Well, in case you went to bed early last night, here’s what you missed:
In what was surely the most shocking moment in Oscars history, Faye Dunaway announced the wrong winner for best picture at the end of the ceremony, awarding the trophy to “La La Land” when it actually was supposed to go to “Moonlight.” It turns out that Dunaway and her co-presenter, Warren Beatty, were given the wrong category envelope, so the actors announced the wrong winner, leading to the wrong filmmakers to begin their acceptance speeches for an award they hadn’t actually won. But it took several minutes for the Academy Awards producers and accountants to rectify the mistake and get the actual winners onstage to accept their award.
Yes, after all the hype, after that briefcase traveled all across to the country to get groped by PwC employees, after standing there all night not being able to go to the bathroom, something went terribly, terribly wrong. Here’s what USA Today reports:
The night’s true drama kicks in when La La Land filmmakers take the stage to accept best picture. The accountant from PriceWaterhouseCoopers jumps up and says, “He (presenter Warren Beatty) took the wrong envelope!” and goes running onstage. Craziness breaks out. No one knows how Beatty got a best actress envelope; [Emma] Stone later tells reporters in the media room that she has been holding her envelope the entire time.
I mean, just look at this chaos on stage and PwC partners Brian Cullinan and Martha Ruiz are right in the middle of it:
— ABC News (@ABC) February 27, 2017
Naturally, Twitter reacted (and is still reacting). And the firm put out a statement with an apology to, uh, basically, everyone
— PwC LLP (@PwC_LLP) February 27, 2017
That statement came out in the early morning hours but there are still questions. Here’s the New York Times:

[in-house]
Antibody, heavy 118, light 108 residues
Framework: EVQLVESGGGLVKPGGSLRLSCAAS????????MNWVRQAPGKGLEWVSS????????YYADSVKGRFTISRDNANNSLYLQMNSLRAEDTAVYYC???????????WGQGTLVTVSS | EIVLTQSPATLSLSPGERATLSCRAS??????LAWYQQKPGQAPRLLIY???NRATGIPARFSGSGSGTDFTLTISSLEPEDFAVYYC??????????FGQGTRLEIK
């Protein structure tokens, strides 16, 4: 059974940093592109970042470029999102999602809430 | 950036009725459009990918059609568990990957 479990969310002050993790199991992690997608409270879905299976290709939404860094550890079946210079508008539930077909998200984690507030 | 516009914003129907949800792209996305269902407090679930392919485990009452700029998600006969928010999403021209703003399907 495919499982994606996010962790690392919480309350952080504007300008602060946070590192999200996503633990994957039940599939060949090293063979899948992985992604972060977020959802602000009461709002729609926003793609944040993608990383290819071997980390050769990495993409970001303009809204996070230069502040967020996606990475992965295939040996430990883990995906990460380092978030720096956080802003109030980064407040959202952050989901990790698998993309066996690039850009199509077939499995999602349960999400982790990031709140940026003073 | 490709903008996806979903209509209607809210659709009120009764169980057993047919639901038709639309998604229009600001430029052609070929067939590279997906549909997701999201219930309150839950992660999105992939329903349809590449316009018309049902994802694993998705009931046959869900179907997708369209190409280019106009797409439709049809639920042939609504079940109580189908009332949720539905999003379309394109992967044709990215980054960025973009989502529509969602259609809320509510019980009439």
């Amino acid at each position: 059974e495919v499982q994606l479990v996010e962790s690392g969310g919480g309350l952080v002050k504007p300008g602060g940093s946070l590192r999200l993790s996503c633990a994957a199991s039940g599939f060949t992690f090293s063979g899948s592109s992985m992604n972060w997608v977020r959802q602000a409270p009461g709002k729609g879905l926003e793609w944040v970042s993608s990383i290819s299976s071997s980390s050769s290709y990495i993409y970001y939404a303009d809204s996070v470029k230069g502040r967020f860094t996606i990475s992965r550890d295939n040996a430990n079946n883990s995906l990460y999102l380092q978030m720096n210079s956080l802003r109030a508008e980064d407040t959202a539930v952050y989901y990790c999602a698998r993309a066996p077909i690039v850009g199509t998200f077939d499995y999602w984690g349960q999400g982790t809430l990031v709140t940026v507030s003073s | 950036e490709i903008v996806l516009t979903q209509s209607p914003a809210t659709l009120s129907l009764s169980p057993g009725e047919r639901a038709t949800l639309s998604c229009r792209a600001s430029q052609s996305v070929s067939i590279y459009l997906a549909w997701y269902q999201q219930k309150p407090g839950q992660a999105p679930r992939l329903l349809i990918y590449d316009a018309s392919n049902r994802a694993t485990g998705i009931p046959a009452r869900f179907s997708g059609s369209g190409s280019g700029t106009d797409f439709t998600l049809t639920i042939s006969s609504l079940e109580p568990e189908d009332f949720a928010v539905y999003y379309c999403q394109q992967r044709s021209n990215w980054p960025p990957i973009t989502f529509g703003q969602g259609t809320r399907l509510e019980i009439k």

Many details remained unclear on Monday morning, including how the envelopes were handled backstage before Mr. Beatty and Ms. Dunaway came out and why the error was not corrected more swiftly. Three “La La Land” producers had given acceptance speeches before the mistake was announced.
Honestly, you couldn’t write a worse scenario for PwC. Their flawless method failed, it happened for the most important award, on TV in front of countless people and NO ONE can really explain why. (Of course, if you can explain, then you should email us.) The Academy is going to want answers. And the question everyone is wondering — will this be curtains for PwC? Here’s what Michigan business professor Erik Gordon told USA Today:
For a company of accountants who prize themselves on their commitment to accuracy, an event that typically burnishes their credibility quickly devolved into a global crisis.
Accounting is a “credence good,” which means “customers don’t know to evaluate” it unless something goes wrong, University of Michigan business professor Erik Gordon said.
“You trust in the name. If you understood accounting, you wouldn’t need PwC or KPMG or any of them,” Gordon said. “It’s a reputation good. This is the most public goofup an accounting firm could make. Accounting firms are in the background.”
Now they’re the stars. Or villains maybe? Tragic figures? Someone’s going to write a screenplay about this, I’m sure.
Elsewhere in Oscar screw-ups: Australian Producer Mistakenly Included in Oscars ‘In Memoriam’ Segment
Accountants behaving badly
Okay, perhaps you think we should’ve saved this section for PwC, but I think it’s more suitable for accountants with malicious intent:
Court records say Jamie Nall, 34, of St. Peters, forged 92 checks totalling more than $84,000. The checks were forged with the name of the business treasurer between December 2014 and June 2016 and put into two accounts belonging to Nall, police say.
I think the moral of this story is that no matter how small you make the checks, something is still going to look fishy. 92 checks in under two years doesn’t seem reasonable these days.
Previously, on Going Concern…
In other news:
- Old, rich guy writes letter.
- SEC Says Conflict Minerals, Pay Ratio Rules Remain In Force
- GE’s Immelt says U.S. “diverging” from the world
- Gah: Newly discovered 400-million-year-old giant worm had killer jaws
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